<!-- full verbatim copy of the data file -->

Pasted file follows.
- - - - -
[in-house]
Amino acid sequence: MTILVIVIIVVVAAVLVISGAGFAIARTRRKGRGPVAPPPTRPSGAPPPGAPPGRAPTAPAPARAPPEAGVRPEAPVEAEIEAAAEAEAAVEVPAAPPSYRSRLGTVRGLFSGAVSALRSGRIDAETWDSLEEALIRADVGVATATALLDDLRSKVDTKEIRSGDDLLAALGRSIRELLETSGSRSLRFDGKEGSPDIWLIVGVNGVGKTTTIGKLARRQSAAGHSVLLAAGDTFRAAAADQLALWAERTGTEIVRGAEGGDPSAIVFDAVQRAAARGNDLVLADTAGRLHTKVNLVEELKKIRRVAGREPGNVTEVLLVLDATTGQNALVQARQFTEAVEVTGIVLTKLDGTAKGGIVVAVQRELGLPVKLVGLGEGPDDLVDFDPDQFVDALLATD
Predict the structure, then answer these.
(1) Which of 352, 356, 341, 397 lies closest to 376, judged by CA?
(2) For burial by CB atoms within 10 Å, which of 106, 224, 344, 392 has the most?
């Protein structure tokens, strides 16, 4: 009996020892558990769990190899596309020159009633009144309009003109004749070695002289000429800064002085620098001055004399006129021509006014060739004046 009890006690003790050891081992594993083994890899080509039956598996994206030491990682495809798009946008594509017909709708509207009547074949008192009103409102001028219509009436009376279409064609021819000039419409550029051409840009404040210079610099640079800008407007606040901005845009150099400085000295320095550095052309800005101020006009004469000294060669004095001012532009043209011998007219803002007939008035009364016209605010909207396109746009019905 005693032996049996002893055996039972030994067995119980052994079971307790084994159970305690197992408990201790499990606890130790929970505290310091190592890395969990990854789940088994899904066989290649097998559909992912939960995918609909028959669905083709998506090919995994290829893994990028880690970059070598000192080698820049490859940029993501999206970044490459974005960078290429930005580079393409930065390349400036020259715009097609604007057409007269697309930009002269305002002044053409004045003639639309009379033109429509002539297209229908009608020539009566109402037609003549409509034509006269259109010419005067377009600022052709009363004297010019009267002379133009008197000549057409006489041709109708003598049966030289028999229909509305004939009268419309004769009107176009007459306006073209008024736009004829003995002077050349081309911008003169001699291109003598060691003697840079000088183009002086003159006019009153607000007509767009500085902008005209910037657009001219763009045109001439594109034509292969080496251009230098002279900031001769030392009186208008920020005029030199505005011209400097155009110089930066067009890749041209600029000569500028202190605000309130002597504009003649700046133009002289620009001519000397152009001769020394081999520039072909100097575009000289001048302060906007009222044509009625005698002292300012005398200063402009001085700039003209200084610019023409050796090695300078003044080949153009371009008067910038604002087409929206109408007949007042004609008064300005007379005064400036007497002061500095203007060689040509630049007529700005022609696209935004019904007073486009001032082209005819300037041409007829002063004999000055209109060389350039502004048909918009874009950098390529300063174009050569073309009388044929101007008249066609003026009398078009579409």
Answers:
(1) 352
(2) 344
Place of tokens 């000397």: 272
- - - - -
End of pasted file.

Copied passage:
[in-house]
Amino acid sequence: MTILVIVIIVVVAAVLVISGAGFAIARTRRKGRGPVAPPPTRPSGAPPPGAPPGRAPTAPAPARAPPEAGVRPEAPVEAEIEAAAEAEAAVEVPAAPPSYRSRLGTVRGLFSGAVSALRSGRIDAETWDSLEEALIRADVGVATATALLDDLRSKVDTKEIRSGDDLLAALGRSIRELLETSGSRSLRFDGKEGSPDIWLIVGVNGVGKTTTIGKLARRQSAAGHSVLLAAGDTFRAAAADQLALWAERTGTEIVRGAEGGDPSAIVFDAVQRAAARGNDLVLADTAGRLHTKVNLVEELKKIRRVAGREPGNVTEVLLVLDATTGQNALVQARQFTEAVEVTGIVLTKLDGTAKGGIVVAVQRELGLPVKLVGLGEGPDDLVDFDPDQFVDALLATD
Predict the structure, then answer these.
(1) Which of 352, 356, 341, 397 lies closest to 376, judged by CA?
(2) For burial by CB atoms within 10 Å, which of 106, 224, 344, 392 has the most?
């Protein structure tokens, strides 16, 4: 009996020892558990769990190899596309020159009633009144309009003109004749070695002289000429800064002085620098001055004399006129021509006014060739004046 009890006690003790050891081992594993083994890899080509039956598996994206030491990682495809798009946008594509017909709708509207009547074949008192009103409102001028219509009436009376279409064609021819000039419409550029051409840009404040210079610099640079800008407007606040901005845009150099400085000295320095550095052309800005101020006009004469000294060669004095001012532009043209011998007219803002007939008035009364016209605010909207396109746009019905 005693032996049996002893055996039972030994067995119980052994079971307790084994159970305690197992408990201790499990606890130790929970505290310091190592890395969990990854789940088994899904066989290649097998559909992912939960995918609909028959669905083709998506090919995994290829893994990028880690970059070598000192080698820049490859940029993501999206970044490459974005960078290429930005580079393409930065390349400036020259715009097609604007057409007269697309930009002269305002002044053409004045003639639309009379033109429509002539297209229908009608020539009566109402037609003549409509034509006269259109010419005067377009600022052709009363004297010019009267002379133009008197000549057409006489041709109708003598049966030289028999229909509305004939009268419309004769009107176009007459306006073209008024736009004829003995002077050349081309911008003169001699291109003598060691003697840079000088183009002086003159006019009153607000007509767009500085902008005209910037657009001219763009045109001439594109034509292969080496251009230098002279900031001769030392009186208008920020005029030199505005011209400097155009110089930066067009890749041209600029000569500028202190605000309130002597504009003649700046133009002289620009001519000397152009001769020394081999520039072909100097575009000289001048302060906007009222044509009625005698002292300012005398200063402009001085700039003209200084610019023409050796090695300078003044080949153009371009008067910038604002087409929206109408007949007042004609008064300005007379005064400036007497002061500095203007060689040509630049007529700005022609696209935004019904007073486009001032082209005819300037041409007829002063004999000055209109060389350039502004048909918009874009950098390529300063174009050569073309009388044929101007008249066609003026009398078009579409």
Answers:
(1) 352
(2) 344
Place of tokens 């000397």: 272